The first mention of oranges appears in the writings of Arabs, the time and manner of their first cultivation in Europe being uncertain.
Orange trees, at the age of ten years, will occupy nearly an acre of land, and will produce during the season about 2,200 lb. of Orange flowers.
Orange as an Herb for Medicinal Uses
Orange essential oil is used chiefly as a flavoring agent, but may be used in the same way as oil of turpentine in chronic bronchitis. It is non-irritant to the kidneys and pleasant to take.
In aromatherapy, orange is used to treat anxiety and depression. Orange oil is very affordable and has a wonderful, up-lifting ability. You can also use the orange oil to scent a room or office. A small bottle of sweet orange essential oil can go a long way, because you only need a few drops at a time.
Orange oil is also good for cleaning - just add a few drops to your water, but do be careful not to use too much, as you could harm some surfaces.
Sweet Orange Oil Medicinal Uses: Colds, constipation, dull skin, flatulence, flu, sore gums, slow digestion, stress.
In China the dried peel is used for its diuretic properties.
Orange blossoms are still used by many as a tea and as a treatment for anxiety and insomnia.
Original French Cologne. Take one liter (90 percent alcohol), mix in 4 grams each of the following: Orange blossoms, rosemary, citron-tree, bergamot. Allow to stand for 24 hours, filter and it is ready to use.
Wild Orange Blend
A blend of wild orange, clove bud, cinnamon bark, rosemary and eucalyptus oils have been studied for their strong antiviral effects. Here is how to use it this way.
- Use a drop or two with water as a gargle twice a day as a protective mouth rinse.
- Take several drops under the tongue or in a vegetable capsule as an immune support.
- In a 16-ounce glass spray bottle, mix 25 drops orange oil with water. Use to spray door knobs, handles and surfaces to kill bacteria and viruses.
Culinary Uses of Oranges
The culinary uses for oranges are seemingly endless - there is something about their flavor that pairs well with sweet and savory, tangy, spicy and even sour flavors. Whether in juice, zest or section form, oranges can be incorporated into just about any dish.
Did you know? June 27 is National Orange Blossom Day.
Bitter Orange: The bitter orange is native to Africa, Arabia, and Syria. The membranes and pulp of the fruit, are very sour and bitter (hence the name).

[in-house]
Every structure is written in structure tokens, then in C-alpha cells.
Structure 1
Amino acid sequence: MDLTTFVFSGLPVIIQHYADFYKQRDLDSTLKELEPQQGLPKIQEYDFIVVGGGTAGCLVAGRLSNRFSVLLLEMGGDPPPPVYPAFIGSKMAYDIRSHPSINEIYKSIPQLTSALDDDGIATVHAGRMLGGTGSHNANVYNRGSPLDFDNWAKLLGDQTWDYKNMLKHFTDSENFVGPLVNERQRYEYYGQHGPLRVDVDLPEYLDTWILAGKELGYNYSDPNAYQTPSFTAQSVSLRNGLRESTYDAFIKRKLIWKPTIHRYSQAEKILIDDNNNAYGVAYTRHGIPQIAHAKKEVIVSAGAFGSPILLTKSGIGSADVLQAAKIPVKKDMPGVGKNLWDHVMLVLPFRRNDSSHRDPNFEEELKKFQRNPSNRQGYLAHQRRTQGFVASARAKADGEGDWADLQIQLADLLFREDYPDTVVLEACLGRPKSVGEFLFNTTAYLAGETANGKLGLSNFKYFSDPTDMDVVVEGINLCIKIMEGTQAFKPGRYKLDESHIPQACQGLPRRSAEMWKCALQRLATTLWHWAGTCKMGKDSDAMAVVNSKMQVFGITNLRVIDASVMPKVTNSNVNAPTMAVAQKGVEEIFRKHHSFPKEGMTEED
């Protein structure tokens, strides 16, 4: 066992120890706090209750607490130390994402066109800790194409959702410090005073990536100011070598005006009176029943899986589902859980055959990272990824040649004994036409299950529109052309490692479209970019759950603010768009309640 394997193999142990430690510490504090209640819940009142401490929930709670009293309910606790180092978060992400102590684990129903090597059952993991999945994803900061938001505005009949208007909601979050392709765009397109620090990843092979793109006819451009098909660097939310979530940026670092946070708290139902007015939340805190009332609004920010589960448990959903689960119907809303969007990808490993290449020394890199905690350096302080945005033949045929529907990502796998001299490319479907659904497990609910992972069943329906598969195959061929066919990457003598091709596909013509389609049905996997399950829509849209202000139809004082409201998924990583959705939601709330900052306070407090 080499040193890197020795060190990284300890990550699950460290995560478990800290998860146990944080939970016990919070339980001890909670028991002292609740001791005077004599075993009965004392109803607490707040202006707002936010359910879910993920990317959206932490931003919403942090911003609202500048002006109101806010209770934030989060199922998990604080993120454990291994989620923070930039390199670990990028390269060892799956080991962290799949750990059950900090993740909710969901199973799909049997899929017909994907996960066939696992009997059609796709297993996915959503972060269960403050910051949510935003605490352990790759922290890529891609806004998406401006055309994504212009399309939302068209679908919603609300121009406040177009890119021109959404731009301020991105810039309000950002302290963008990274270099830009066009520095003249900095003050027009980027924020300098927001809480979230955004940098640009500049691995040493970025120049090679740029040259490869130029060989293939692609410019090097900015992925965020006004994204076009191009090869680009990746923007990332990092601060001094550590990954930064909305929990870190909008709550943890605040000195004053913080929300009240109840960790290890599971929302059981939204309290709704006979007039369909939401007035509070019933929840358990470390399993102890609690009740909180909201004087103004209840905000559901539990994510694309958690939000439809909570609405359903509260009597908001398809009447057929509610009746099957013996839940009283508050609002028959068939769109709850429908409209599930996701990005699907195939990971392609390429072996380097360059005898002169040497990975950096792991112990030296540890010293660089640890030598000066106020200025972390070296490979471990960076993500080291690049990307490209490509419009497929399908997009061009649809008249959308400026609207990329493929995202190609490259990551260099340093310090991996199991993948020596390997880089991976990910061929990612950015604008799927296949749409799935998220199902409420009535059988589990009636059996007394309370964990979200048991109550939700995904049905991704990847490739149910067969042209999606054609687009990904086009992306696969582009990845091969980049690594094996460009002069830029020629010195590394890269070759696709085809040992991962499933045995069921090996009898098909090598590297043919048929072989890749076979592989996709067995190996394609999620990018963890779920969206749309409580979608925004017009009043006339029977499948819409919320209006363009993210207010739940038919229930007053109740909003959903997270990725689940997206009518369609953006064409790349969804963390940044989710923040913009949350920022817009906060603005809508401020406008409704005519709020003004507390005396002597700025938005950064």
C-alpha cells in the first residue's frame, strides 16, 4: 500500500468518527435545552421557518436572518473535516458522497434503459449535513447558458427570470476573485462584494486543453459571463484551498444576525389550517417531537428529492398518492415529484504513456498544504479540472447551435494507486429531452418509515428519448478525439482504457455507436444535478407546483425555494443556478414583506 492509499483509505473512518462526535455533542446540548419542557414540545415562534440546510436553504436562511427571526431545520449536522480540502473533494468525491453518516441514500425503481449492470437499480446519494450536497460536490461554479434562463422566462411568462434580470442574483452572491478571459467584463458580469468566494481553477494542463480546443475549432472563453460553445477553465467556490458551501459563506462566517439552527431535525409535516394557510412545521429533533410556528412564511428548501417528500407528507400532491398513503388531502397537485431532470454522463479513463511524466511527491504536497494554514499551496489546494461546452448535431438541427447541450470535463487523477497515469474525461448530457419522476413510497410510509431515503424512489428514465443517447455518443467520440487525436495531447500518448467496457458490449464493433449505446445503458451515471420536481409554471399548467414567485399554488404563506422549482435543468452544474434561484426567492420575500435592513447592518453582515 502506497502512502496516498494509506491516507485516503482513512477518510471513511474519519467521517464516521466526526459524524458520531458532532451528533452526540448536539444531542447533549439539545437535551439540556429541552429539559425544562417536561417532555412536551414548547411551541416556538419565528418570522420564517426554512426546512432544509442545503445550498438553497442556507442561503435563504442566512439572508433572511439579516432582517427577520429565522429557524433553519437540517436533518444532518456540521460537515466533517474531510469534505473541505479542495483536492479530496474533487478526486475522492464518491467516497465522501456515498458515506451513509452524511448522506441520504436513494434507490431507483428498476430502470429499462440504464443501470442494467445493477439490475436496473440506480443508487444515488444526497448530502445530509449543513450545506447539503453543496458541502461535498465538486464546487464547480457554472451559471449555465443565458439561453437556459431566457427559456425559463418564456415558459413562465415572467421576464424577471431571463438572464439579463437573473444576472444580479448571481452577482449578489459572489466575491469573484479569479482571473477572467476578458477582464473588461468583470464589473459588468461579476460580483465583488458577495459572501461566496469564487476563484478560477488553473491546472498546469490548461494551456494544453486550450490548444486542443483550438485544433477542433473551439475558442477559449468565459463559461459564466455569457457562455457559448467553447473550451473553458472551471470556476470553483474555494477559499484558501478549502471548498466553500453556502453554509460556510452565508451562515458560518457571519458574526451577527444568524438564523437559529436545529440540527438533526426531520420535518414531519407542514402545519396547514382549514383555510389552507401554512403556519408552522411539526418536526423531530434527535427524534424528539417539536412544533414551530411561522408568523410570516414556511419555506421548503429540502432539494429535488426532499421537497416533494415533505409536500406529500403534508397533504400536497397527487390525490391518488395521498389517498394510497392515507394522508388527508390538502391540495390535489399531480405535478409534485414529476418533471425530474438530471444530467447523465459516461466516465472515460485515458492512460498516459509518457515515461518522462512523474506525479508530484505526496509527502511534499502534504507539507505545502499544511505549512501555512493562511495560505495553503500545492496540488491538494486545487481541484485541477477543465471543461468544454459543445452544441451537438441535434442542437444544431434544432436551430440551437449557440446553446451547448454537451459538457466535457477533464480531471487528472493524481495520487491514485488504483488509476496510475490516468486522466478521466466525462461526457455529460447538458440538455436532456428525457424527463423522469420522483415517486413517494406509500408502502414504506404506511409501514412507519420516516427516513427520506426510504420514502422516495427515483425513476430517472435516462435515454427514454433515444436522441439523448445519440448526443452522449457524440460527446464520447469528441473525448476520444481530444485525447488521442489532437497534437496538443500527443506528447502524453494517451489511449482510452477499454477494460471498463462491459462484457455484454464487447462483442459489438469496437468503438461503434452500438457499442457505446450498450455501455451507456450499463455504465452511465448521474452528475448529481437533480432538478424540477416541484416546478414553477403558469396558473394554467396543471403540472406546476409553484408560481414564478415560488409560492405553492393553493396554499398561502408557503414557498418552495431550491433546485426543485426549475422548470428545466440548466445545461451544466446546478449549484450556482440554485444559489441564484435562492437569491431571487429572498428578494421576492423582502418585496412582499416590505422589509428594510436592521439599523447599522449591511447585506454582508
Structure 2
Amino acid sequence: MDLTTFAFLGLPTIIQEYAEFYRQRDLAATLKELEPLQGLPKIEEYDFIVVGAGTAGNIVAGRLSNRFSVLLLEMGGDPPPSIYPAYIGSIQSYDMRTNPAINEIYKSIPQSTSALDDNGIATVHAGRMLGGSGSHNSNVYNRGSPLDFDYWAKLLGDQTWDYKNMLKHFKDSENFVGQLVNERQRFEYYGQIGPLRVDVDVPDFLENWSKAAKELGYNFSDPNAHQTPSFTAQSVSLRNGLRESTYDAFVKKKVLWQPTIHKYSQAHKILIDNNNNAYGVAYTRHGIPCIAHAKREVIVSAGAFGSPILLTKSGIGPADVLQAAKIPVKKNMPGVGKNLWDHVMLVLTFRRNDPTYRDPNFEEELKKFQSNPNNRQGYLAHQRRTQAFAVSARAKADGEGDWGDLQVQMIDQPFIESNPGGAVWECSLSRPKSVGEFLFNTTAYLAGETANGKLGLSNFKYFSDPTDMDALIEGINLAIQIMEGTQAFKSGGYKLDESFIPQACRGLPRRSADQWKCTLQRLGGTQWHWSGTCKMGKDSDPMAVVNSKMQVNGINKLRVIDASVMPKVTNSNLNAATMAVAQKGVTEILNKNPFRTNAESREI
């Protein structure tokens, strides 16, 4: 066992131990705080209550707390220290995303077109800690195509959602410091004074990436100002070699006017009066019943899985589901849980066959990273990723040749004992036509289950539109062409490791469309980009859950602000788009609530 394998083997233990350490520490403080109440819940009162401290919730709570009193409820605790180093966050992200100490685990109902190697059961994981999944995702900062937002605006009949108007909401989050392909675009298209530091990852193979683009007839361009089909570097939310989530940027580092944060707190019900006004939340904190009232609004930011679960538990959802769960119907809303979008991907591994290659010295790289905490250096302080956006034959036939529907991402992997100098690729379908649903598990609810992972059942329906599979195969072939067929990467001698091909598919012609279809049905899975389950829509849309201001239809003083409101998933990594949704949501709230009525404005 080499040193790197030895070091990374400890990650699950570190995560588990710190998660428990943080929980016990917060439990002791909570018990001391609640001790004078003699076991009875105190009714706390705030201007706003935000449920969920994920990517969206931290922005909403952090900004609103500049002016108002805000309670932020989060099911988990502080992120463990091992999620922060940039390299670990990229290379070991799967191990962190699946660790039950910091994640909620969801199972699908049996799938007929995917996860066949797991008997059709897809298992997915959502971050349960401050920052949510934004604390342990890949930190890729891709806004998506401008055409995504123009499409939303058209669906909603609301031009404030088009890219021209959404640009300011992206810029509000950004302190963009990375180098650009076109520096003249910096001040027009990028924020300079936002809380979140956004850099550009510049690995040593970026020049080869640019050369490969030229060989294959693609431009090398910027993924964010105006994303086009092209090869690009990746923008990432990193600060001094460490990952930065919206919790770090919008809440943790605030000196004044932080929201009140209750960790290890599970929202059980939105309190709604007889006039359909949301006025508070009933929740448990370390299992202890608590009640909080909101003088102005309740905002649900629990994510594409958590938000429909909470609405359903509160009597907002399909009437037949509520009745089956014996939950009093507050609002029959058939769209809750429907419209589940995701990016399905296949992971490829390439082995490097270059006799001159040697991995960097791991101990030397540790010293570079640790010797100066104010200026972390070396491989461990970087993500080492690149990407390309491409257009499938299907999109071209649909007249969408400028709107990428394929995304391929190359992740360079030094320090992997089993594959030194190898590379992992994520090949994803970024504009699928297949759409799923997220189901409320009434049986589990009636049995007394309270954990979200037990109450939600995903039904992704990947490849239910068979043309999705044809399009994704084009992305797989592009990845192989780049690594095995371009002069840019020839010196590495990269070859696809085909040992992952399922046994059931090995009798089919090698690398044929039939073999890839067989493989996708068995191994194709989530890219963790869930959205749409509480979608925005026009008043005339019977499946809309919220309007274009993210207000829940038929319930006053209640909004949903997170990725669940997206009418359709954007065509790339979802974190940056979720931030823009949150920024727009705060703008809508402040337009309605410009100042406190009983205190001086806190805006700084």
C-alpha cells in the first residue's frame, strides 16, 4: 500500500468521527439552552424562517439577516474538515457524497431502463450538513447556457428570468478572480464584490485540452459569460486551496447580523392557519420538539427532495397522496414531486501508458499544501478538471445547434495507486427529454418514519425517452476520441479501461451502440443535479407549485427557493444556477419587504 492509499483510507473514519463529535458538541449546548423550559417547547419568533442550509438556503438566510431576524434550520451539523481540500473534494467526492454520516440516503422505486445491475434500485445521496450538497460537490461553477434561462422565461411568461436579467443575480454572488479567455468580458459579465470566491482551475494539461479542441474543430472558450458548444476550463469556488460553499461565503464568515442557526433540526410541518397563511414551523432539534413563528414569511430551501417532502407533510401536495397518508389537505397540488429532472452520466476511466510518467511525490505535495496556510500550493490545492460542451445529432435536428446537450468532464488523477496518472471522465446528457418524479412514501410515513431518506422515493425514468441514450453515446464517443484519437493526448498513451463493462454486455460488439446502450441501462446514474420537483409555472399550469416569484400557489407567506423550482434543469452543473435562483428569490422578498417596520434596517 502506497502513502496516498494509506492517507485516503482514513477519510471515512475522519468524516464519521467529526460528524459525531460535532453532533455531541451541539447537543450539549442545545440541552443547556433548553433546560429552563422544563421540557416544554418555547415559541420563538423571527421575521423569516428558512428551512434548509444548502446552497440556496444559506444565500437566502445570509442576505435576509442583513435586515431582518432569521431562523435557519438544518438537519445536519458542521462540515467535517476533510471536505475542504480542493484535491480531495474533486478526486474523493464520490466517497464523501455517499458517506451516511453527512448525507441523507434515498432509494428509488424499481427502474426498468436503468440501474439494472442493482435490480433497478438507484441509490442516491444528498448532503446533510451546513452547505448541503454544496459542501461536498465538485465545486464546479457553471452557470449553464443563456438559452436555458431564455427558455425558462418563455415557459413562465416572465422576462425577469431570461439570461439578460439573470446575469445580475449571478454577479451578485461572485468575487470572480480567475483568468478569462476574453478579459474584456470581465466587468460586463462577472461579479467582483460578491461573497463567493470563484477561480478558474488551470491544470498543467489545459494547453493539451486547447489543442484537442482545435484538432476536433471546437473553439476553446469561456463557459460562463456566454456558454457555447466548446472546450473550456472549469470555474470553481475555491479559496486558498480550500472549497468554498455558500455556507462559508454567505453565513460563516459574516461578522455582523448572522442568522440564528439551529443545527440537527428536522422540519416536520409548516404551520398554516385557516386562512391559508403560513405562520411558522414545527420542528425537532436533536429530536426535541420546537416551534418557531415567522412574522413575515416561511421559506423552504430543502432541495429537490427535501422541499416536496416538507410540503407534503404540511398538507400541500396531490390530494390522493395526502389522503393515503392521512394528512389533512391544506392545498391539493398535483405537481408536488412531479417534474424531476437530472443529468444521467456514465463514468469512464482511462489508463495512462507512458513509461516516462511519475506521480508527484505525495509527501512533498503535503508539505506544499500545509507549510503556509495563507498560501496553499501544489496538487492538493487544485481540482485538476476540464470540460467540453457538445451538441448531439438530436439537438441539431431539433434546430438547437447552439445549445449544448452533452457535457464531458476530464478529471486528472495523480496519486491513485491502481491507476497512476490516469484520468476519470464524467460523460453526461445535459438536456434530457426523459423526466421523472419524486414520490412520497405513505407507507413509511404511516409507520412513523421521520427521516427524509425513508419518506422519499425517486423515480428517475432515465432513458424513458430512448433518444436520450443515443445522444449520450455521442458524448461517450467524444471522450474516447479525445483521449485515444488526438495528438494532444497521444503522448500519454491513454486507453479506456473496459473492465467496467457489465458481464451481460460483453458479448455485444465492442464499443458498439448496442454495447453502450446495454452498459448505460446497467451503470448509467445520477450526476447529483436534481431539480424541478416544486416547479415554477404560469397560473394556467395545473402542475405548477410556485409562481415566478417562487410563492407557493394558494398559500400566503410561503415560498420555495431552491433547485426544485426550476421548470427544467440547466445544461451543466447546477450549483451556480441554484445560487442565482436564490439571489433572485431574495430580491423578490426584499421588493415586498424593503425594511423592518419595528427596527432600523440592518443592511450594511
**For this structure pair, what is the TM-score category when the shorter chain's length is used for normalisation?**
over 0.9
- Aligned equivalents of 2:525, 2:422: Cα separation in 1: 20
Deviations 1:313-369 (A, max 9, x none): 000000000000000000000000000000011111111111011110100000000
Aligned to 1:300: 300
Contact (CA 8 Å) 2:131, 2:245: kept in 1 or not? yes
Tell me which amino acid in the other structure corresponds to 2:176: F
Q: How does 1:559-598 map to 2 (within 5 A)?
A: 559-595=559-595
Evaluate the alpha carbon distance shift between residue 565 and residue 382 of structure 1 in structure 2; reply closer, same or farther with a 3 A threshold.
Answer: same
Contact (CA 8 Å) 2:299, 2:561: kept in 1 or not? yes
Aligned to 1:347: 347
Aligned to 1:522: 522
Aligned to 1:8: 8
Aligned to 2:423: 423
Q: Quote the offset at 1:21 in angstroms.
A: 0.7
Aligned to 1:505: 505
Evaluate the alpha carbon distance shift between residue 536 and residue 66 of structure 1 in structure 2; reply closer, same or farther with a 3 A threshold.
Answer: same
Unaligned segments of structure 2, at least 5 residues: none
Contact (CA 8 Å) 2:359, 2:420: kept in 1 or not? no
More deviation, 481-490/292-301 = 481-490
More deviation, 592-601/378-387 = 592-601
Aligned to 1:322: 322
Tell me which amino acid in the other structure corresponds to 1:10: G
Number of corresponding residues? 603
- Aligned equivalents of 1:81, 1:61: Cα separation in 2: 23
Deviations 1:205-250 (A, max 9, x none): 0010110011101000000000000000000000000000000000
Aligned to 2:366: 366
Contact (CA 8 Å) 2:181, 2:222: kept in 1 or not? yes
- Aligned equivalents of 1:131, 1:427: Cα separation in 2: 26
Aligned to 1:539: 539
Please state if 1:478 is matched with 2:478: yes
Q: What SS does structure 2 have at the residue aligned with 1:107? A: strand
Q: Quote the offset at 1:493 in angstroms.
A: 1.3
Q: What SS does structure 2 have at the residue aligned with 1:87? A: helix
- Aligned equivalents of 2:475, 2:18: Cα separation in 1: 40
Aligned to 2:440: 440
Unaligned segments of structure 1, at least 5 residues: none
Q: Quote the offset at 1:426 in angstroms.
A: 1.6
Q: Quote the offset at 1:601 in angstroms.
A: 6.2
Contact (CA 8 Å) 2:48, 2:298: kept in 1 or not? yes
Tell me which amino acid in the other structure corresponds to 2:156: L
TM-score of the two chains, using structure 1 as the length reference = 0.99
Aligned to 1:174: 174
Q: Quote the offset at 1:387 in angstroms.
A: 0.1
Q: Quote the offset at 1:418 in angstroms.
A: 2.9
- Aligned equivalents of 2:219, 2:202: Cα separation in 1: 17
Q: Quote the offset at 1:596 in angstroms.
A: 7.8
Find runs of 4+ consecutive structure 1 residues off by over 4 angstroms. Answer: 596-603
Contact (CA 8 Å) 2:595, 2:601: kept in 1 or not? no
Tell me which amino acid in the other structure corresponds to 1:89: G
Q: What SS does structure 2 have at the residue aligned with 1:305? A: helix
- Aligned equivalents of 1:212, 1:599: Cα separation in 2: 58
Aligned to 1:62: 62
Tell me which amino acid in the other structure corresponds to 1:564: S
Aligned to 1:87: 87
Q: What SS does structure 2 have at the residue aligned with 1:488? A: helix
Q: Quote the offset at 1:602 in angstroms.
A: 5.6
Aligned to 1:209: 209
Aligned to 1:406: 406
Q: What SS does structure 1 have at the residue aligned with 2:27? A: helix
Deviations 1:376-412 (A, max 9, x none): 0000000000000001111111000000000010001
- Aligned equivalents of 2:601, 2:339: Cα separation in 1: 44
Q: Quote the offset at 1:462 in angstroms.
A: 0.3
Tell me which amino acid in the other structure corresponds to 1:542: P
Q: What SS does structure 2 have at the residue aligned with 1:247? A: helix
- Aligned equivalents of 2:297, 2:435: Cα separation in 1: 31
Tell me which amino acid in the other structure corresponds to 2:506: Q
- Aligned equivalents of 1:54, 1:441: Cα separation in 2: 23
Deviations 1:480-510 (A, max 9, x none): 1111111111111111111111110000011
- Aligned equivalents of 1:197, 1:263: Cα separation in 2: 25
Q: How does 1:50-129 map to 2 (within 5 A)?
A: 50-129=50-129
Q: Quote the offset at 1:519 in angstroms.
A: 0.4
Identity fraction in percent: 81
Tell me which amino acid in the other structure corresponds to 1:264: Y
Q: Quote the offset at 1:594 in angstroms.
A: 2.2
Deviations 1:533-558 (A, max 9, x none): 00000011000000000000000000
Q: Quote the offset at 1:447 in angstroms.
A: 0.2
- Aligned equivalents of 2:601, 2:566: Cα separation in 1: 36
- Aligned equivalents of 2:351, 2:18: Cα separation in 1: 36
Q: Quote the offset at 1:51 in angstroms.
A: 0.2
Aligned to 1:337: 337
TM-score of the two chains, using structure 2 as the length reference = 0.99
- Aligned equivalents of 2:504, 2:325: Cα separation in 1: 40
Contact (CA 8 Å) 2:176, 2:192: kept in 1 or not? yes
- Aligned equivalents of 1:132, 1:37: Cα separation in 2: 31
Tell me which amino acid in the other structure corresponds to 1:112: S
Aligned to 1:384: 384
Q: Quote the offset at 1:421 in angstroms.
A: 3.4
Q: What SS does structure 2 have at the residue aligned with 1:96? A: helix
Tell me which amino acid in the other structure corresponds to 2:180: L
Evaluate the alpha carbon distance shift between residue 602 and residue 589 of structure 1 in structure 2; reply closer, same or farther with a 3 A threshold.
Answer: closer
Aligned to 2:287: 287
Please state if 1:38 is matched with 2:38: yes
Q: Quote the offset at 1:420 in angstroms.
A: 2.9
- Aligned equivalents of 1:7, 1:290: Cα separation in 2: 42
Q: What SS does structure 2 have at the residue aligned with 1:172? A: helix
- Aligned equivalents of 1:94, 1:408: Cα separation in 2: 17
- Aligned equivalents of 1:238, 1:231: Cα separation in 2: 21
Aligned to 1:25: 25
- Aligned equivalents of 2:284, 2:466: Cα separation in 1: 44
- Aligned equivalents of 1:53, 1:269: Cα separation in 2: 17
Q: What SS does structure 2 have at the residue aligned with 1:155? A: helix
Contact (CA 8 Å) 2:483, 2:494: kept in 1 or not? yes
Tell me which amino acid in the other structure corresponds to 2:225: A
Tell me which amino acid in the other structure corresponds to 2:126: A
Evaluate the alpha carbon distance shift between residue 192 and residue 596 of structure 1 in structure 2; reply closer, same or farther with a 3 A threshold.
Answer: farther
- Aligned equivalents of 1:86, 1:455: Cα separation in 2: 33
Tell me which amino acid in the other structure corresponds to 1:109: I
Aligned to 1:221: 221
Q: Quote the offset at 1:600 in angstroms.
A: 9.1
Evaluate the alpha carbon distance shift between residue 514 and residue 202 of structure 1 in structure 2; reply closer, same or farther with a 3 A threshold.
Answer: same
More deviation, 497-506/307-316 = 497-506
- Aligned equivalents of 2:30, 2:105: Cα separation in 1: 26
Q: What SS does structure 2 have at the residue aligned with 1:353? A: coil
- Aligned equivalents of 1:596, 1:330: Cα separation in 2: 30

Bitter orange peel has anti-inflammatory, anti-bacterial, and anti-fungal properties.
Herbalists in Europe began using bitter orange for stomach complaints, nervous conditions, gout, sore throat, and as a sedative. Currently, the British Pharmacopoeia lists it as a bitter tonic. In traditional Chinese medicine, it is used as an ingredient in several different formulas, most of them dealing with coughs, colds, indigestion, nausea, and even organ prolapse. Contemporary Chinese practitioners inject it for the treatment of anaphalylactic shock and shock syndrome. It is also used in bath and body care products.
The German E Commission has approved the use of bitter orange for loss of appetite, dyspeptic ailments and stomach complaints. There is some speculation and testimony that bitter orange peel can be used for weight loss and as a nasal decongestant, but according to the German Commission there still need to be clinical trials done.
Culinary: Bitter Orange
As a flavoring agent, bitter orange can be used in a wide variety of foods, and is used in liqueurs (most notably Triple Sec), deserts, candy, gelatins and puddings. It is used to cover up the taste of pharmaceuticals, as well as being a key ingredient in marmalade. The peel is used in teas, especially those made for digestive complaints.
The orange was once known as the golden apple, because it was thought to have been given to the goddess Venus from Paris as a gift.
Some find the orange to be an irritant to the skin.
Cautions: Bitter Orange
Not recommended during pregnancy, and should not be used by children.
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